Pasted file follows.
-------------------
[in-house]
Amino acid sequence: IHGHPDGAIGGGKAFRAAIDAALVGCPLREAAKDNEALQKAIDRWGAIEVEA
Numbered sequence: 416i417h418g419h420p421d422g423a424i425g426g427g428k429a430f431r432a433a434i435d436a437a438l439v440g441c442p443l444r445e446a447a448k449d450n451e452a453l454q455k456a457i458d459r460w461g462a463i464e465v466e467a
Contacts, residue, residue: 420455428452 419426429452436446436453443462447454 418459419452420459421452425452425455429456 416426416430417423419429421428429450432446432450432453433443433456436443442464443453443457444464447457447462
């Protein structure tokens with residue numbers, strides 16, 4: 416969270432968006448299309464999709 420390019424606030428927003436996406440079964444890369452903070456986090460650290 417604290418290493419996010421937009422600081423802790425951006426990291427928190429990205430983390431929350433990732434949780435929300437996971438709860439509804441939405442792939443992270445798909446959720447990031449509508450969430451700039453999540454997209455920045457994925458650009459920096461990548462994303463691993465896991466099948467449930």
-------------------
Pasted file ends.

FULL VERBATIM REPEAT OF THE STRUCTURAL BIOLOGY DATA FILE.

[in-house]
Amino acid sequence: IHGHPDGAIGGGKAFRAAIDAALVGCPLREAAKDNEALQKAIDRWGAIEVEA
Numbered sequence: 416i417h418g419h420p421d422g423a424i425g426g427g428k429a430f431r432a433a434i435d436a437a438l439v440g441c442p443l444r445e446a447a448k449d450n451e452a453l454q455k456a457i458d459r460w461g462a463i464e465v466e467a
Contacts, residue, residue: 420455428452 419426429452436446436453443462447454 418459419452420459421452425452425455429456 416426416430417423419429421428429450432446432450432453433443433456436443442464443453443457444464447457447462
């Protein structure tokens with residue numbers, strides 16, 4: 416969270432968006448299309464999709 420390019424606030428927003436996406440079964444890369452903070456986090460650290 417604290418290493419996010421937009422600081423802790425951006426990291427928190429990205430983390431929350433990732434949780435929300437996971438709860439509804441939405442792939443992270445798909446959720447990031449509508450969430451700039453999540454997209455920045457994925458650009459920096461990548462994303463691993465896991466099948467449930």